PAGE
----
About this Research Topic
The dynamic movement of immune cells from the bone marrow, through the circulation and into peripheral tissues is crucial for the daily battle against pathogens and injury every organism withstands to survive. The first account and drawings of leukocyte migration through the wall of microvessels was published by Dutrochet in 1824. Neutrophils tracking and phagocytosing bacteria were first visualized by David Rogers in the 1950’s, and then scanning electronic microscope revealed that movement of lymphocytes into lymph nodes in 1976. But it was not until the early 1990’s that Eugene Butcher and Timothy Springer defined the “leukocyte adhesion cascade” as a series of sequential steps utilizing specific adhesion molecules, which ultimately enables leukocytes to gain entry into peripheral tissues/organs. Tissue-specific address codes established by the hemodynamic forces of blood flow and the underlying tissue stroma further tailor the leukocyte trafficking profile seen in tissues. Additionally, systemic environmental cues from metabolism; circadian rhythm, and even the age of the host all influence the movement of leukocytes.
This highly coordinated and tightly regulated process is lost in patients with immune-mediated inflammatory diseases (IMIDs), where leukocytes freely enter and remained within the inflamed tissues unchecked. Whilst deleting specific leukocyte subpopulations or their cytokine products has been the focus of pharmaceutical companies, there is also a growing interest in utilizing our understanding of the leukocyte trafficking process to develop new interventions. For example, a drug that limits the movement of pathogenic effector leukocytes, whilst simultaneously allowing the movement of regulatory leukocytes has the potential to allow resolution of chronic inflammation and tissue repair. Alternatively selecting the time of day where leukocyte trafficking levels are naturally at their highest may be desirable to maximize a vaccine response.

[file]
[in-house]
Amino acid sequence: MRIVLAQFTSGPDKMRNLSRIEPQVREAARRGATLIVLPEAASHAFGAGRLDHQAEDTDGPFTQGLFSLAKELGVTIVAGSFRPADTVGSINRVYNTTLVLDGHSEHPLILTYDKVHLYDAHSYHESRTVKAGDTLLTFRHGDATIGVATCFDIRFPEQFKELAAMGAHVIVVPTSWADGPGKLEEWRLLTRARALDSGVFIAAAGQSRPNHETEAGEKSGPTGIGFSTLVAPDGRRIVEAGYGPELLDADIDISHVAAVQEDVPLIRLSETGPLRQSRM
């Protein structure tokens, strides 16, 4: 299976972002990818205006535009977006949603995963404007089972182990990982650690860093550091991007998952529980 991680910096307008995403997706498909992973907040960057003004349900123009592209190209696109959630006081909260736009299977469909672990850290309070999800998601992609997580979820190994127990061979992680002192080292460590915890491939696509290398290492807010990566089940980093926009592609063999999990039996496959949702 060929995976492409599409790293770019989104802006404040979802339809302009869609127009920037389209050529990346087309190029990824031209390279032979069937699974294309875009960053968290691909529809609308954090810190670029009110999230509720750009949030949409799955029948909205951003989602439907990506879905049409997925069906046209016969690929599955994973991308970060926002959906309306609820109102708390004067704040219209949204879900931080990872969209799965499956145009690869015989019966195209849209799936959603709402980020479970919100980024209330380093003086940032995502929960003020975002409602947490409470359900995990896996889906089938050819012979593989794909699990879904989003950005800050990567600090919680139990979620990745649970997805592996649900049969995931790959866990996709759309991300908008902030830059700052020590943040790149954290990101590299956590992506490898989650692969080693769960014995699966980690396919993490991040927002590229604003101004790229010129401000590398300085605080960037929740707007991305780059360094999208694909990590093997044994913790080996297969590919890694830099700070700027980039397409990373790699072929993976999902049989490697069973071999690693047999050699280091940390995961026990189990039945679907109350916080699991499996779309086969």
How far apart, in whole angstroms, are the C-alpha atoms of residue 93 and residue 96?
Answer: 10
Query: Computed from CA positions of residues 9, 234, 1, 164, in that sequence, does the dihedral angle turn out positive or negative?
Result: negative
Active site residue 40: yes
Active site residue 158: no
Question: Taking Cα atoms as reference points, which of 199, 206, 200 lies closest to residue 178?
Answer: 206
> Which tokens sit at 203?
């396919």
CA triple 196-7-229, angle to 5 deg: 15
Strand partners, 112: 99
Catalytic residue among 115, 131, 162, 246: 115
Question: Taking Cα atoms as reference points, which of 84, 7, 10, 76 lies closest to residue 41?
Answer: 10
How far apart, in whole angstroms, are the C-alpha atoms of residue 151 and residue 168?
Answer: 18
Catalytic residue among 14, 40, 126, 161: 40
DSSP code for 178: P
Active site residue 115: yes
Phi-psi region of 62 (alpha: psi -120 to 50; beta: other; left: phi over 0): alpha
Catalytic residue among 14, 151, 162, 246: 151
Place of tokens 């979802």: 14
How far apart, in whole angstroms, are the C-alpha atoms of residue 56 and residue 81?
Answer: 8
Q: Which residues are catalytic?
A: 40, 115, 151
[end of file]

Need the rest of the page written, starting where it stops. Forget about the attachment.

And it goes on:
In this Research Topic, we aim to present the latest insights into leukocyte trafficking in health, with age, and in disease; specifically highlighting those that have been translated into the clinical arena. This Research Topic will present state-of-the-art Original Research Articles, Systematic Reviews, Reviews, and Clinical Trials Articles on topics including, but not limited to, the following:
(i) New discoveries related to the glycome or lipidome that impact on leukocyte trafficking in health, with age, and in disease
(ii) Temporal analysis of leukocyte trafficking profiles in diverse tissues and organs throughout the day or the lifespan of an organism, i.e. circadian rhythm, aging
(iii) Stromal biology as a mechanism explaining leukocyte trafficking in various IMIDs, with emphasis on the clinical utility of targeting the stroma
(iv) Interdisciplinary discoveries that have been made in the leukocyte trafficking field, e.g. in the field of immunometabolism
(v) Advancements that utilize leukocyte trafficking profiles, including their cellular and molecular mechanisms, for clinical gain, e.g. new pharmacological tools or time-of-day interventions
Please note that articles on cancer are outside the scope of this Research Topic.
Dr. McGettrick receives financial support from VIATEM Ltd. The other Topic Editors declare no conflict of interest with regards to the Research Topic theme.
Important Note: All contributions to this Research Topic must be within the scope of the section and journal to which they are submitted, as defined in their mission statements. Frontiers reserves the right to guide an out-of-scope manuscript to a more suitable section or journal at any stage of peer review.